CAMPARE HERA Astronomy Minority Partnership (CHAMP)
PHOTO (left): Design for a full 350-antenna HERA array. PHOTO (right): The first 19 HERA antennas constructed on-site in the Karoo Desert in South Africa.
Cosmology and Radio Astronomy research with CHAMP
The CAMPARE-HERA Astronomy Minority Partnership (CHAMP) program is a new opportunity within CAMPARE to study cosmology and radio astronomy at one of seven universities, which are partnering on the Hydrogen Epoch of Reionization Array (HERA) project, a new radio astronomy telescope being built in South Africa. The HERA array will explore the large-scale structure in the baryonic universe by observing the redshifted "spin-flip" emission line of neutral hydrogen gas, emitted when the universe was roughly half a billion years old. It was then that light from the first stars was able to ionize the hydrogen from neutral atoms into electrons and protons—a period known as the epoch of reionization. The ancient light from this primordial neutral hydrogen gas has today been redshifted into the radio spectrum, requiring state-of-the-art telescopes like the one pictured above to detect its faint signal.
CAMPARE scholars may work at each CHAMP site, as part of a team of faculty, postdocs, graduate students, and other undergraduates, on all aspects of the HERA project, including:
- design and testing of critical subcomponents of the telescope and associated electronics
- writing computer code to analyze test data
- early data analysis, advanced pipeline development, and end-to-end data and analysis simulations
- studying radio-frequency interference
- building models of extended radio sources to improve image-based calibration
- modeling of expected results
Students with an interest in hands-on laboratory and computer-based work, while working to understand the underlying science of the project, are especially encouraged to apply to CHAMP. While prior experience with electronics and computer programming are not required, such experience should be indicated in your application. Barring such experience, a strong interest in learning such skills is critical to a successful experience in these opportunities.
Visit each of the CHAMP research sites in the navigation at right to explore the projects at each site. Students who apply to CHAMP may be placed at any of the seven sites, but preferences for placement may be noted in the personal statement.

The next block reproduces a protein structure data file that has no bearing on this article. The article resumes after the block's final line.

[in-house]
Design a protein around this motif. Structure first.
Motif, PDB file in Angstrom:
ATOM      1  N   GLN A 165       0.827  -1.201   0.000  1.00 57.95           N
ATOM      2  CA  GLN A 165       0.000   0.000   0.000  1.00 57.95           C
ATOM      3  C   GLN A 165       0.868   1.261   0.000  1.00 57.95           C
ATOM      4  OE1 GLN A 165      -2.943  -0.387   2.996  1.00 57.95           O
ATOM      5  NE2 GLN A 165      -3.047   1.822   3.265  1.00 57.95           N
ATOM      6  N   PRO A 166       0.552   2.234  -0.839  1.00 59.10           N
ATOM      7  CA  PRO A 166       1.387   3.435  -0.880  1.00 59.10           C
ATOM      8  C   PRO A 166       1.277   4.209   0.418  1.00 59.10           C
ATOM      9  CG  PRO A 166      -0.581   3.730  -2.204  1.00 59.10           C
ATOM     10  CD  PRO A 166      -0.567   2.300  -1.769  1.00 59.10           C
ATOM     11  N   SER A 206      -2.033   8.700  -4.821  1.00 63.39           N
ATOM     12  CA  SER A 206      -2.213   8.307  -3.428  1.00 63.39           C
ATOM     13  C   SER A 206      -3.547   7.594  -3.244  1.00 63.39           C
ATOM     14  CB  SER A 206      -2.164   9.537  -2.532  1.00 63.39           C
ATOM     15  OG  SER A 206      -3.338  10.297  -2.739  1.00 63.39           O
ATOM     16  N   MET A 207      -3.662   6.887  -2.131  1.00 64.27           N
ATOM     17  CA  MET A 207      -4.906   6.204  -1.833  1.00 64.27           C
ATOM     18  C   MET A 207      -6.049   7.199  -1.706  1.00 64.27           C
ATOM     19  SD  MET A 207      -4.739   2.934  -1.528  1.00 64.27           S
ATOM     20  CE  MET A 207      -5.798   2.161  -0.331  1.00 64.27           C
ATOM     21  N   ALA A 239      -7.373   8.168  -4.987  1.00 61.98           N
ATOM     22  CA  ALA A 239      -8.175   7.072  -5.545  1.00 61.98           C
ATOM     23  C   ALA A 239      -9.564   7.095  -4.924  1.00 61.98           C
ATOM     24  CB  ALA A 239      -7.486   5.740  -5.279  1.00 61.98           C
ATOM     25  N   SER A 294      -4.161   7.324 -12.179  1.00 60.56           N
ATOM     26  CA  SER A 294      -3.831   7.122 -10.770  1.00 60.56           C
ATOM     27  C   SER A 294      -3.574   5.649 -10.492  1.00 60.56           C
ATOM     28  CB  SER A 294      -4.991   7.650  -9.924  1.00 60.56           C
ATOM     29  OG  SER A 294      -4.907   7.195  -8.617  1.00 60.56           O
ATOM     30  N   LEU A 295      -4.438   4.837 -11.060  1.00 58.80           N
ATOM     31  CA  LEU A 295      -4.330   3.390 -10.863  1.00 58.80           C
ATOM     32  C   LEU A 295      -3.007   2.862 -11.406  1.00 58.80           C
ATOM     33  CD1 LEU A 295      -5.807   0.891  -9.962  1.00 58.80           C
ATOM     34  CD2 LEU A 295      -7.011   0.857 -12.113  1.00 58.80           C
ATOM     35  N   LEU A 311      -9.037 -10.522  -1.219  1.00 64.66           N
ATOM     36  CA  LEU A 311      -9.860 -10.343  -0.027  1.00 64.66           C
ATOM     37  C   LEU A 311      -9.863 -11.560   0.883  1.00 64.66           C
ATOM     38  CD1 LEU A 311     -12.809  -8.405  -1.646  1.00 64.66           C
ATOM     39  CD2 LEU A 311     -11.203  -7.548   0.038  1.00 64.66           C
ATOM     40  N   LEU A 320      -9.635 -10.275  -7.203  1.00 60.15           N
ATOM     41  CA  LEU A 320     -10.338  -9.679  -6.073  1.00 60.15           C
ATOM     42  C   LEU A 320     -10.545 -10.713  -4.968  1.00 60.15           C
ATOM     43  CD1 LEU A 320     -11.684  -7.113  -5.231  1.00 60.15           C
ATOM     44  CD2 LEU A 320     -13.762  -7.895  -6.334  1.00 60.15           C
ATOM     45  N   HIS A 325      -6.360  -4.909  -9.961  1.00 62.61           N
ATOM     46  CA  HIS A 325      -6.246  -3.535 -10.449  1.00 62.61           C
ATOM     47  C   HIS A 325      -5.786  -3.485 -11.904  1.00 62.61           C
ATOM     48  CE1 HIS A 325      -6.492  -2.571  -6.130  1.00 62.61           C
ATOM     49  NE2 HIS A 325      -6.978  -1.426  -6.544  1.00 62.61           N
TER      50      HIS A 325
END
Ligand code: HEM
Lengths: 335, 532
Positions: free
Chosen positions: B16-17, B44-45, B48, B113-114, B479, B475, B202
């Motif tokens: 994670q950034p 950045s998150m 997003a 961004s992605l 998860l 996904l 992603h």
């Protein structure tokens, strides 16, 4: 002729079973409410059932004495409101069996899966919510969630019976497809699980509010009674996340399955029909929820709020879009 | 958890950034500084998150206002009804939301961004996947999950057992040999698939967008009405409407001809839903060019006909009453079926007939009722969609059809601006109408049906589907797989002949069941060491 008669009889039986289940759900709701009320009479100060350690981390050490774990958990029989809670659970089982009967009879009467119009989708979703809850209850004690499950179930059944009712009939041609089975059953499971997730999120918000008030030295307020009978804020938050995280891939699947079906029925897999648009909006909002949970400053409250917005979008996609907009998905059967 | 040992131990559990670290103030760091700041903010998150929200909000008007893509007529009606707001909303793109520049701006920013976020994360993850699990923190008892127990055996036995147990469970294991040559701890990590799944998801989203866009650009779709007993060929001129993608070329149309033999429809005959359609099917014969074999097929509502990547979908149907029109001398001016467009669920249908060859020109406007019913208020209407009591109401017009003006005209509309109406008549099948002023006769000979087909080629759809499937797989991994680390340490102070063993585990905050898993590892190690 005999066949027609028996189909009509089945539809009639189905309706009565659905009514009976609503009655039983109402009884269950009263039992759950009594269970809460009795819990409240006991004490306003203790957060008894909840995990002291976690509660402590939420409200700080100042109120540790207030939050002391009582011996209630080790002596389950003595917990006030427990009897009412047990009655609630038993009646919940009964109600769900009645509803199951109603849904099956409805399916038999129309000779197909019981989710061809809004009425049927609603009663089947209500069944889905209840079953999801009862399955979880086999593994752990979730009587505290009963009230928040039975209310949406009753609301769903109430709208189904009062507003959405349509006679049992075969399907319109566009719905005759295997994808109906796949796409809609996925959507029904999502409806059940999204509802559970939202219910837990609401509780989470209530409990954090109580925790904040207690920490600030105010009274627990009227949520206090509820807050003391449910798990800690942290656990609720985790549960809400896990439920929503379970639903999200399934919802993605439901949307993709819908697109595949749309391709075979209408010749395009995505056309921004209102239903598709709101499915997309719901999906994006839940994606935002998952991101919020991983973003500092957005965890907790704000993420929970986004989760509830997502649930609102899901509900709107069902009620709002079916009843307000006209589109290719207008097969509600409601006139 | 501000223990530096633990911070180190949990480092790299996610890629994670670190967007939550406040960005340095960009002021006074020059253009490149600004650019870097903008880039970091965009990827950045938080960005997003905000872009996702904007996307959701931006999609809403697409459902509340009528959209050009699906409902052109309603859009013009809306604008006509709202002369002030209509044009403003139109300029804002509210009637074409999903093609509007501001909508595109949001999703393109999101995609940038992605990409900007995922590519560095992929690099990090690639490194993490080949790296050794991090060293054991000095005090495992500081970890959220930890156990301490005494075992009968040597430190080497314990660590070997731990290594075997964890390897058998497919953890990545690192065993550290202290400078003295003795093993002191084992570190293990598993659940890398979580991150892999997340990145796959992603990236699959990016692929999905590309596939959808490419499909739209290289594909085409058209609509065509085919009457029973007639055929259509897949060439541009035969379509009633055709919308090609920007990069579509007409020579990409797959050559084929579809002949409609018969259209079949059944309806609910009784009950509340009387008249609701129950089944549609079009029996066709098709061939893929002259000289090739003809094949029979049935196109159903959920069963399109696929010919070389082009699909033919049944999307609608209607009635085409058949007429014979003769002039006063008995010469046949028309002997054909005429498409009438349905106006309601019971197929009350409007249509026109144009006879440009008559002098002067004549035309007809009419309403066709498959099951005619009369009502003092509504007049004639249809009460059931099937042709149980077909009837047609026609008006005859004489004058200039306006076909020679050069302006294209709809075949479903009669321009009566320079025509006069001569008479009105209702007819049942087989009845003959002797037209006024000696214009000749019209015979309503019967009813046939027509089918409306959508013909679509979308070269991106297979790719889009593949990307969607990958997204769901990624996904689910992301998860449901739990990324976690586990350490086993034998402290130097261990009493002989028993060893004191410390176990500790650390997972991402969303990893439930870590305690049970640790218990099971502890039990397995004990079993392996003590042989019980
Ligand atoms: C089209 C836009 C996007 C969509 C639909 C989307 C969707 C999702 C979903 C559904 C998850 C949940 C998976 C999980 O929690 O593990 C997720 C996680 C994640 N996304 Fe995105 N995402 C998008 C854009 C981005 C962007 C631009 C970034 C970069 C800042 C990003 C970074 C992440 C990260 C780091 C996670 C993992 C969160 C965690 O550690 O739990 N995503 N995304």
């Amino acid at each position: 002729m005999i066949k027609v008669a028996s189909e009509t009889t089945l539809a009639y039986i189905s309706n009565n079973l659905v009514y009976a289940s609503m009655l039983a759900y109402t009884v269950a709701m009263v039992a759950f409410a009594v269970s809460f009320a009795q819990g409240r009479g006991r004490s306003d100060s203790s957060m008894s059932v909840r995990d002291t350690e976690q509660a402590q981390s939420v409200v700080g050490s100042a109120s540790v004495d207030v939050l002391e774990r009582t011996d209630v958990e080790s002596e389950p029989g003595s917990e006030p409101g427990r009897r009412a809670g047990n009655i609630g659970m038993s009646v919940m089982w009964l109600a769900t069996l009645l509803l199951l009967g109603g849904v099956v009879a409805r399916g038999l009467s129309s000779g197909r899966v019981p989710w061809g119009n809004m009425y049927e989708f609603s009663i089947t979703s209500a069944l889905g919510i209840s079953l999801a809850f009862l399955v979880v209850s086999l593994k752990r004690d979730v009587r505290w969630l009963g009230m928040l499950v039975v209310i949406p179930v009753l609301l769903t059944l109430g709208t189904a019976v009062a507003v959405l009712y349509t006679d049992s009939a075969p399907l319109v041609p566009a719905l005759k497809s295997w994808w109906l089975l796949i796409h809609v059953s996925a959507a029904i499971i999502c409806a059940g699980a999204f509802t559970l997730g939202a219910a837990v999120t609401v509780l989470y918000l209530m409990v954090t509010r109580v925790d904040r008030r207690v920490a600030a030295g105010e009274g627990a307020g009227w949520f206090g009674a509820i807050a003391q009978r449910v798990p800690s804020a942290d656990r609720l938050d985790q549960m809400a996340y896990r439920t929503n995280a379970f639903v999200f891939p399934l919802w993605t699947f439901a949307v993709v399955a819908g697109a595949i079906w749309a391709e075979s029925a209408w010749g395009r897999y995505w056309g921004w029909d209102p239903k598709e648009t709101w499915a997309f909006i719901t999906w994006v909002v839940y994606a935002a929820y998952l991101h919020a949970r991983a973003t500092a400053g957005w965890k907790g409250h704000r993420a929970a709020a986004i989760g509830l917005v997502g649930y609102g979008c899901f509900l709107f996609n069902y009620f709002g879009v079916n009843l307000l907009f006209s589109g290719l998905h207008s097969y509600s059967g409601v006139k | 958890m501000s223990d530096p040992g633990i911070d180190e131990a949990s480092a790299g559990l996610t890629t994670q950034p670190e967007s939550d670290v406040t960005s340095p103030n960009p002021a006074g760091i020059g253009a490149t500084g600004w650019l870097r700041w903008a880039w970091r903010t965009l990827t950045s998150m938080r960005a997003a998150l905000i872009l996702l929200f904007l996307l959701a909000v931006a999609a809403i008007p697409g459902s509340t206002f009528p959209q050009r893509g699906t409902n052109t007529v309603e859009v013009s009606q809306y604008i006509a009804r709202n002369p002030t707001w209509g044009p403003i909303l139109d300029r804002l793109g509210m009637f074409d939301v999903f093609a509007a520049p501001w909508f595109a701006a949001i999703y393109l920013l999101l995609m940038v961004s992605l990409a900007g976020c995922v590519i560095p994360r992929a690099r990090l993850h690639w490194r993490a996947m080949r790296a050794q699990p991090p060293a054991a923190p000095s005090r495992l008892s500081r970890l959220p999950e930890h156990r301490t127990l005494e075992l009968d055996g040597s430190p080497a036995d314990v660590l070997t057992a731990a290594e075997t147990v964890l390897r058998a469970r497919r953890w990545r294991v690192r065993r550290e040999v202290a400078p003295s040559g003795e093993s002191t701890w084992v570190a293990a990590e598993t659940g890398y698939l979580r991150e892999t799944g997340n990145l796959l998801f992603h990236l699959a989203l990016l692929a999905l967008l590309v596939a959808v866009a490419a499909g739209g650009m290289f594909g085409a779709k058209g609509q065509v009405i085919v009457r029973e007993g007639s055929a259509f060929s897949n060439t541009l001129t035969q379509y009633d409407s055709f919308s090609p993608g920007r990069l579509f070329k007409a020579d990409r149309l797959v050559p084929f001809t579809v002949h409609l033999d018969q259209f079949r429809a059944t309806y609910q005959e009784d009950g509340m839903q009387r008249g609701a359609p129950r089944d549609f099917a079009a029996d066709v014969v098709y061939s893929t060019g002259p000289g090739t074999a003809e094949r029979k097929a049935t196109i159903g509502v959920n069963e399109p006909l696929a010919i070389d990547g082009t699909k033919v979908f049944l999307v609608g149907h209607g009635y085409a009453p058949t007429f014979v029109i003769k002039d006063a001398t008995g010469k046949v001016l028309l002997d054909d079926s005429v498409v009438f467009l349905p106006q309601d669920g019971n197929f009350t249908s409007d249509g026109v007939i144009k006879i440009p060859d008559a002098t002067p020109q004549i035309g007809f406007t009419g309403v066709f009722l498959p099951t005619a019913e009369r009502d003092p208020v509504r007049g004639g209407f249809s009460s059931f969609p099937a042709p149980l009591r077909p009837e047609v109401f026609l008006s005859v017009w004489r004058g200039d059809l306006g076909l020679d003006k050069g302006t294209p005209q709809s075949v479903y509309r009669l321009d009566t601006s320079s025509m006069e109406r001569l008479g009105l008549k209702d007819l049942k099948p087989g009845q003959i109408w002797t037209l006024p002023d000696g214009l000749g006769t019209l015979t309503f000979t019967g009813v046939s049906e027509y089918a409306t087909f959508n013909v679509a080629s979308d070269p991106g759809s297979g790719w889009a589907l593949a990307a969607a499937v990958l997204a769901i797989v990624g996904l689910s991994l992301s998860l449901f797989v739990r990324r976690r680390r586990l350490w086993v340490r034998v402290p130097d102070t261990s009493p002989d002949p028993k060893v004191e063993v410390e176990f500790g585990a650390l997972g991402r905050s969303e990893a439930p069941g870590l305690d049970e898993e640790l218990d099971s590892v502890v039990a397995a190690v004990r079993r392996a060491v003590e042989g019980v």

What is it?
Students will begin the summer attending a one week radio astronomy “boot camp” designed to give them some of the skills they will need to succeed in their research. They will then work for the next 9 weeks with faculty and staff at one of the CHAMP sites on HERA-related projects.
Selected students will receive a $5000 stipend for the full 10 weeks. In addition, participants will be provided with housing and will be reimbursed for travel from home or campus to their research site.
Who should apply?
Applicants must be at least 18 years of age by the beginning of the program. They must be enrolled in one of the CAMPARE participating institutions at the time of their application. Participants should not have graduated from their 4-year institution before the beginning of the summer internship. Community college students in the process of transferring to a 4-year institution are eligible to apply.
All applicants must have completed a minimum of one full year of college-level physics by the start of the program.
When and How to Apply
Applications are due February 1, 2017. To apply to the program, follow the Application Instructions.
In addition, you must ask two faculty members (or others familiar with your academic or work background) to submit letters of reference using the link on the application instructions page. Indicate their names, addresses, phone numbers, and e-mail addresses in your on-line application where appropriate. It is your responsibility to confirm that these letters have been sent and failure to obtain these two letters will render your application incomplete and lead to its rejection without review.
Successful students will be notified in March. The research program runs Monday, June 12th to Friday, August 18th 2017 (10 weeks). Participants must be available during the entire 10-week period of the program.
This material is based upon work supported by the National Science Foundation under Grant No. AST-1636646.
- Carnegie Observatories
- Northern Arizona University
- SETI Institute
- UC Irvine
- UC San Diego
- University of Wyoming
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